2. 2. comprised of a series of pre-existing structures (walls, fences, electrical poles and wires) and/or structures created expressly for the eruv, often a wire mounted on poles. In practice, then, the eruv is a symbolic demarcation of the private sphere, one that communities come together to create. Etrog holder: An etrog is a citron or lemon. The branches are waved during Sukkot. Etrog holders are made of wood, plastic, silver, metal or pottery. Graggers (Yiddish): Percussion instruments (Noise makers) Hagaddah: The re-telling of the story of the liberation of the Israelites from the hands of the Egyptians at Pesach. Hanukkah: The eight-day festival from 25 Kislev which marks the mircacle of the oil lasting 8 days and the re-dedication of the Temple in the time of Mattathias (Matisyahu) and Judas Maccabaeus (Judah Maccabee) Hanukkiyah: an eight-branched menorah which is lit on the eight nights of Hanukkah from 25 Kislev corresponding to some time in December in the Gregorian calendar. Havdalah: The ritual of separating Shabbat time from the rest of the week. Kashrut: Jewish food laws Ke’arah: Seder Plate for Passover Ketubah: Marriage contract which shows the obligations a husband has to his wife. This can be seen in an observant Jewish household and can be very ornately presented on parchment. Kiddush: Kiddush is the sanctification of Shabbat. On Friday night the Kiddush celebration is carried out. . A cup of wine is filled and held in the hand by the person presiding, usually but not necessarily the father of the house, and the benediction over wine recited. Then the Kiddush proper is recited: 'Blessed are you, O L-rd our G-d, King of the universe, who has made us holy by your commandments and have taken pleasure in us, and in love and favour have given us your holy Sabbath as an inheritance, a memorial of the creation--that day being also the first day of the holy convocations, in remembrance of the departure from Egypt. For you have chosen us and made us holy above all nations, and in love and favour have given us your holy Sabbath as an inheritance. Blessed are you, O L-rd, who makes holy the Sabbath.' Kosher: Observances pertaining to food or clothes which are rabbinically certified. Lulav holder (for Sukkot): Lulav, palm tree, is the largest of the Four Species of plants used for Sukkot. There is a mitzvah from the Torah in the Book of Leviticus (23:40) to gather the Four Species during Sukkot: ‘On the first day you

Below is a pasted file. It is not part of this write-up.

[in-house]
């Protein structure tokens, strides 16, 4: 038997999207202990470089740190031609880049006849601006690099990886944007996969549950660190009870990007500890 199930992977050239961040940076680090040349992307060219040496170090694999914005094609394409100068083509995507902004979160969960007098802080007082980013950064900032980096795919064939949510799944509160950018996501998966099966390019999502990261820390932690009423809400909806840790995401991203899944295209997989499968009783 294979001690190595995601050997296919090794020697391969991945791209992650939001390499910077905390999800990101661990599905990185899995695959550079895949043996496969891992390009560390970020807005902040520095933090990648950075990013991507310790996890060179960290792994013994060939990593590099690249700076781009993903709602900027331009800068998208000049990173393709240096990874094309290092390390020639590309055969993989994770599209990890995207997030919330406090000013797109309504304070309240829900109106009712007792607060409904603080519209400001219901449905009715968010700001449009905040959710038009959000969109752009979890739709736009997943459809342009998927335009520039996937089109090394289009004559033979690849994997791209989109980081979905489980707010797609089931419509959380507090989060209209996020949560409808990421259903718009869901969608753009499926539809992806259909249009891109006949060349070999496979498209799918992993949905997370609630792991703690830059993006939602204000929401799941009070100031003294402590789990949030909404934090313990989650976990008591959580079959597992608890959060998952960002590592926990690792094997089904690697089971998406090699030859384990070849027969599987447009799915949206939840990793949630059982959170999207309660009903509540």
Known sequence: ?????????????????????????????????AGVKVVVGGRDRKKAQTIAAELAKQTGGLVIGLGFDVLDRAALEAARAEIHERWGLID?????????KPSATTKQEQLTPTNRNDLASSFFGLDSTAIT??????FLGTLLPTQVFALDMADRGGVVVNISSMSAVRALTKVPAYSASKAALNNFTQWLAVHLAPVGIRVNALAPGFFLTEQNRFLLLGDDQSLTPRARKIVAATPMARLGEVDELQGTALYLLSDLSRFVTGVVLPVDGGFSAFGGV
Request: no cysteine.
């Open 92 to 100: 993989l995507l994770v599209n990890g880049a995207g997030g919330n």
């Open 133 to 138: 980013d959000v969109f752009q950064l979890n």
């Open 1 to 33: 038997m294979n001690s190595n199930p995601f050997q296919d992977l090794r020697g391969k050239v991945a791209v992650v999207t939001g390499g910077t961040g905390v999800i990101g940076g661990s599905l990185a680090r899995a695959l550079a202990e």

3. 3. shall take the product of hadar trees, branches of palm trees, boughs of leafy trees, and willows of the brook, and you shall rejoice before Adonai your God seven days.’ Machzor: Literally means ‘cycle’ but also meaning ‘festival prayer book’. The liturgical texts for the two holidays often are put into one book, the High Holiday Machzor. Maror: Bitter herbs eaten at the Pesach Seder meal in keeping with the biblical commandment "with bitter herbs they shall eat it’ (Exodus 12:8). Matzah/matzo (Matzot pl.): Unleavened breadmade from one of five species of grain – wheat, barley, spelt, rye, and oats – mentioned in the Torah, and the only bread which is permitted for use during Passover. Mayim aharonim: ritual washing before meals Megillah (megillot or megillot pl.): Scroll, usually, of the Book of Esther used on Purim but it can also refer to other scrolls e.g. the Book of Ruth, Lamentations, Song of Songs, Ecclesiastes Melachah: Usually defined as work but it has quite a specific meaning in connection with Shabbat. The Torah specifically mentions two melachot, kindling a fire and carrying. The Mishnah further explains that 39 different categories of melachah went into building the Mishkan (Tabernacle). While these categories of labor refer to the construction of the Mishkan, they actually encompass all forms of human productivity. These melachot are not a haphazard collection of activities, and do not necessarily represent physical exertion. Rather, the principle behind them is that they represent constructive, creative effort, demonstrating man's mastery over nature. Refraining from melachah on Shabbat signals our recognition that, despite our human creative abilities, G-d is the ultimate Creator and Master. Menorah: A 6 or 8 branched candelabrum reminding people of the light which never went out in the Temple, and also the Hanukkiyah which recalls the 8 days miracle of the oil of Hanukkah and the re-dedication of the Temple. Mezuzah (mezuzot pl.): Containers which are on the doorposts of houses on entrance to the house or rooms within the house (with the exception of the bathroom). Within the case is contained the text of the Shema Israel, Deuteronomy 6: The Lord your G-d is one Lord and you shall love the Lord your G-d with all your heart, and all your soul and all your mind… and these words which I command you this day shall be written … Mishloach manot: Basket of food or items sent to friends at Purim Mishnah: Rabbinical texts Netilat yadayim: Hand-washing